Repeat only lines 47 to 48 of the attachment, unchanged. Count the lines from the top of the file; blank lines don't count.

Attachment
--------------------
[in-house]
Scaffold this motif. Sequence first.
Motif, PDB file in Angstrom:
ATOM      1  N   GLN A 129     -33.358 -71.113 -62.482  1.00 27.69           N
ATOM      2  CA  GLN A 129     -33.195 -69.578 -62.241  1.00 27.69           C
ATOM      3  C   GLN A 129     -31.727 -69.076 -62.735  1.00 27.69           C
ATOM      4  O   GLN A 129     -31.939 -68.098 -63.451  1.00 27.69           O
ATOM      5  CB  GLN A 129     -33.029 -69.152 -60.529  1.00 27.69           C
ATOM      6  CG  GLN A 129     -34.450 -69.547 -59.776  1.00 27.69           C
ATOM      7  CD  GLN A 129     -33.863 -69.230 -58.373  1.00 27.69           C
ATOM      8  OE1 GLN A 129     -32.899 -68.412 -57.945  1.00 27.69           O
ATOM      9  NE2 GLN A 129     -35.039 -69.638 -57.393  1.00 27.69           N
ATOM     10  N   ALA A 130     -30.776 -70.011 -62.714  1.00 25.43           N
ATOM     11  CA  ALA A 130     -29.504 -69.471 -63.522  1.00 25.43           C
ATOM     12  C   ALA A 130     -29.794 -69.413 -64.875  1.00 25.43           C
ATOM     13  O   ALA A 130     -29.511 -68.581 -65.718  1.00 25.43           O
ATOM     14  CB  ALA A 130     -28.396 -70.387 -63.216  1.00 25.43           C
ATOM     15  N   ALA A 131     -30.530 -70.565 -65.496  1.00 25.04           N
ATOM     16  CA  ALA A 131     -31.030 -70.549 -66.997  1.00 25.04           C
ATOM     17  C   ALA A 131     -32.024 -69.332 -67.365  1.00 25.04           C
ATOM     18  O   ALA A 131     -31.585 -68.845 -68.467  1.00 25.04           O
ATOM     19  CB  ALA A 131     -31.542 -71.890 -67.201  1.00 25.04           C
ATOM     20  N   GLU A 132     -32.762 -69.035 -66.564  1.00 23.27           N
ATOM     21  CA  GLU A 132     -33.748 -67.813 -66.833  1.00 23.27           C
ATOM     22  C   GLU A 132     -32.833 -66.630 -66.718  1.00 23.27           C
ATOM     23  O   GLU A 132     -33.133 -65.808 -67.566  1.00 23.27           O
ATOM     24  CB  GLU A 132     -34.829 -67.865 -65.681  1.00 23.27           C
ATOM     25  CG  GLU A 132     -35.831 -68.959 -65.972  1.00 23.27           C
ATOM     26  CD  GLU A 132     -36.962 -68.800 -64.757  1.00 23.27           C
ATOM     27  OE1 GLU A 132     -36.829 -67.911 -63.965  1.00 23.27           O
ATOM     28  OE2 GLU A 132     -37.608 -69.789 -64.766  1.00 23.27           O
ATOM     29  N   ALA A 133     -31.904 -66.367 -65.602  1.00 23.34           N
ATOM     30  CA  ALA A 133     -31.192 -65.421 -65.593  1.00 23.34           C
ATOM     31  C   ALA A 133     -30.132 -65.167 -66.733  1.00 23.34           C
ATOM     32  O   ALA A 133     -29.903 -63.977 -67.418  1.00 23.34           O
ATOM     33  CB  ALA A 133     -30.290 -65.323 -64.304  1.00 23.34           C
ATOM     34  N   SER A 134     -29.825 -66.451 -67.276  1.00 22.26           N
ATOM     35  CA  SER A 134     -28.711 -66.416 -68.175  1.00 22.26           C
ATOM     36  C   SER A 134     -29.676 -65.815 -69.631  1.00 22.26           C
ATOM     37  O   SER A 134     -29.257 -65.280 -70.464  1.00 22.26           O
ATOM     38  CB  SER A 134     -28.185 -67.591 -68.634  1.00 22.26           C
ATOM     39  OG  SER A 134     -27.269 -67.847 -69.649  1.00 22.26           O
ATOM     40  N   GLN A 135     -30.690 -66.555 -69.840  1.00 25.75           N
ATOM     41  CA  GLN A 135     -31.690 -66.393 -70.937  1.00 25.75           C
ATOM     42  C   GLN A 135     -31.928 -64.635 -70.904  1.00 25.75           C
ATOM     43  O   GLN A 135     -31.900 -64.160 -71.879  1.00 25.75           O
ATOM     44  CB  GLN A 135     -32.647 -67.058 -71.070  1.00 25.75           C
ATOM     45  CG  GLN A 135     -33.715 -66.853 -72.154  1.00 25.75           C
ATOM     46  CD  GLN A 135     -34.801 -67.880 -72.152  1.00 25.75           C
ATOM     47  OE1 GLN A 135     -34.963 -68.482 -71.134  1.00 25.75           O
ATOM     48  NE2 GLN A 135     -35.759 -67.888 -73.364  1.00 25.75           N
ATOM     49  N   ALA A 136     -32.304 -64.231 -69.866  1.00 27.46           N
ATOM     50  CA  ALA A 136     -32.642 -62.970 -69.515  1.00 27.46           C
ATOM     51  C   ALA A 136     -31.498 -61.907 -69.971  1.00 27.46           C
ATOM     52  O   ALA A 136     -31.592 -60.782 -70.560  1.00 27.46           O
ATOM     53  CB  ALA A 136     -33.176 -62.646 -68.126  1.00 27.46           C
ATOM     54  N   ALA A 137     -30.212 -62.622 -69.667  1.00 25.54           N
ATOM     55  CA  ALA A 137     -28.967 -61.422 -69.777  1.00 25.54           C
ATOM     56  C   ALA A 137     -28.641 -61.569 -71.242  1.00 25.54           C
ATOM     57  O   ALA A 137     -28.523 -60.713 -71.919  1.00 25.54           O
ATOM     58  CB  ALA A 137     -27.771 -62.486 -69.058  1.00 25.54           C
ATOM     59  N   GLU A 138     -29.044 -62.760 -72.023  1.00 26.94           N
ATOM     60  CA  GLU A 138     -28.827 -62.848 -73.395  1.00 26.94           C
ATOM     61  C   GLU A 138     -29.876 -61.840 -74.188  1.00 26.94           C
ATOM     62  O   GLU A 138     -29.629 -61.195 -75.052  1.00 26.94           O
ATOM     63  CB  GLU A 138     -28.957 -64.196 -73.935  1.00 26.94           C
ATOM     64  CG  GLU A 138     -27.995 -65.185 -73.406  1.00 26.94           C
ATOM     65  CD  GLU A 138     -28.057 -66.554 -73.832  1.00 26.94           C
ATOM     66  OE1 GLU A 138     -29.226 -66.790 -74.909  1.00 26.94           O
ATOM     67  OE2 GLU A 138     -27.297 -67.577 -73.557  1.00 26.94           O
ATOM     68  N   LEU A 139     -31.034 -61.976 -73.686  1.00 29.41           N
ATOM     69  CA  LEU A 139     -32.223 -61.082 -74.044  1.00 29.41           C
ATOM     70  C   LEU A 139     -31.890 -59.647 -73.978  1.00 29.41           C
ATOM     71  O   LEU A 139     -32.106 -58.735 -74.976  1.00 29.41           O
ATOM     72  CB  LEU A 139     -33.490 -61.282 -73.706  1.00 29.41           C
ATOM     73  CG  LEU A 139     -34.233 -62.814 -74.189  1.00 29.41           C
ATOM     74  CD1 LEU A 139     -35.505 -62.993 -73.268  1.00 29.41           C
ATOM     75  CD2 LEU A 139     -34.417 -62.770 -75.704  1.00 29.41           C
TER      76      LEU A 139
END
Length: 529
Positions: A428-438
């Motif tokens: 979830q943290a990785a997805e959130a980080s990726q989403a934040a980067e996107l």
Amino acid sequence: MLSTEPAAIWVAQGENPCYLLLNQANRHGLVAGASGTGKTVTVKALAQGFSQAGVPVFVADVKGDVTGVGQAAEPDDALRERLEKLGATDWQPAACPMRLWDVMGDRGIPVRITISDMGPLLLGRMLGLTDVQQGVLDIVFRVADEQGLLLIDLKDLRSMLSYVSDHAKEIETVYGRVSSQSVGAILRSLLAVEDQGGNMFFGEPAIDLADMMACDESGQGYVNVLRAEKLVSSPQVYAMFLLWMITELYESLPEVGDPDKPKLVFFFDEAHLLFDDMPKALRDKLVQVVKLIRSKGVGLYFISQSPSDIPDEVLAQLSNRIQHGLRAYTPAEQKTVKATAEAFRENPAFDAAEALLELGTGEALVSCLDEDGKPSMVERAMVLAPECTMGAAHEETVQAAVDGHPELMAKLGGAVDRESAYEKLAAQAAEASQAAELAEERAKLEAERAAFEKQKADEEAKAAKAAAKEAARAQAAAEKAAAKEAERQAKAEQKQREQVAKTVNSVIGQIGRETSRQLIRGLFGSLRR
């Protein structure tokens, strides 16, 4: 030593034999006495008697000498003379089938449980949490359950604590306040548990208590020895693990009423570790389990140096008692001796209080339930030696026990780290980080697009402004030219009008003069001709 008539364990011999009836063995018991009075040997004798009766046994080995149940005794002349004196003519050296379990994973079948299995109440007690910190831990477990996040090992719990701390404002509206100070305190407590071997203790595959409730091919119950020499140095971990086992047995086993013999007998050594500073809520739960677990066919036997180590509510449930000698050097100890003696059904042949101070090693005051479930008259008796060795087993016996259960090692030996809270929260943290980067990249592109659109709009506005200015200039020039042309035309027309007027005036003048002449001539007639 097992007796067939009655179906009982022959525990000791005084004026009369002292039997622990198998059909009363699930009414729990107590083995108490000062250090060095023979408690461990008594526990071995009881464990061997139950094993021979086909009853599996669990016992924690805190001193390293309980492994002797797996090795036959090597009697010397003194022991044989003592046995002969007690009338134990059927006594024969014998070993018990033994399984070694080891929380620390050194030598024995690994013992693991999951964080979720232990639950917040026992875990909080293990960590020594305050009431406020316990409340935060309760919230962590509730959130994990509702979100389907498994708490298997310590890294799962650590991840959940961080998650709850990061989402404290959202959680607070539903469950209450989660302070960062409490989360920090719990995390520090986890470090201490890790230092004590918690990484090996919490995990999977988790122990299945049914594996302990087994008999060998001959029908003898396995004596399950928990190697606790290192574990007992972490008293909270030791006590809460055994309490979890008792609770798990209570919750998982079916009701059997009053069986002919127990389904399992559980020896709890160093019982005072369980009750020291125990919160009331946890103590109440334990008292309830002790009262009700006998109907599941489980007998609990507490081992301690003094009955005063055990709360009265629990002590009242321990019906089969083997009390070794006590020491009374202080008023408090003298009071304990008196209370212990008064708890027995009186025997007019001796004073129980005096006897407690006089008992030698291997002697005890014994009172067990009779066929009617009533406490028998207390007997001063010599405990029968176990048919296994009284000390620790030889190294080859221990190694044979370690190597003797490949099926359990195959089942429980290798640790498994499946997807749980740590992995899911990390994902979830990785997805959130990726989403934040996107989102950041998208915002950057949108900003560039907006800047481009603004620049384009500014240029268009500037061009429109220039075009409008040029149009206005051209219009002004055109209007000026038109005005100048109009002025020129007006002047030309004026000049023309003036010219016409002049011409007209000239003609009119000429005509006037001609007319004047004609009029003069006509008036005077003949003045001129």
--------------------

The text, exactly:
ATOM     44  CB  GLN A 135     -32.647 -67.058 -71.070  1.00 25.75           C
ATOM     45  CG  GLN A 135     -33.715 -66.853 -72.154  1.00 25.75           C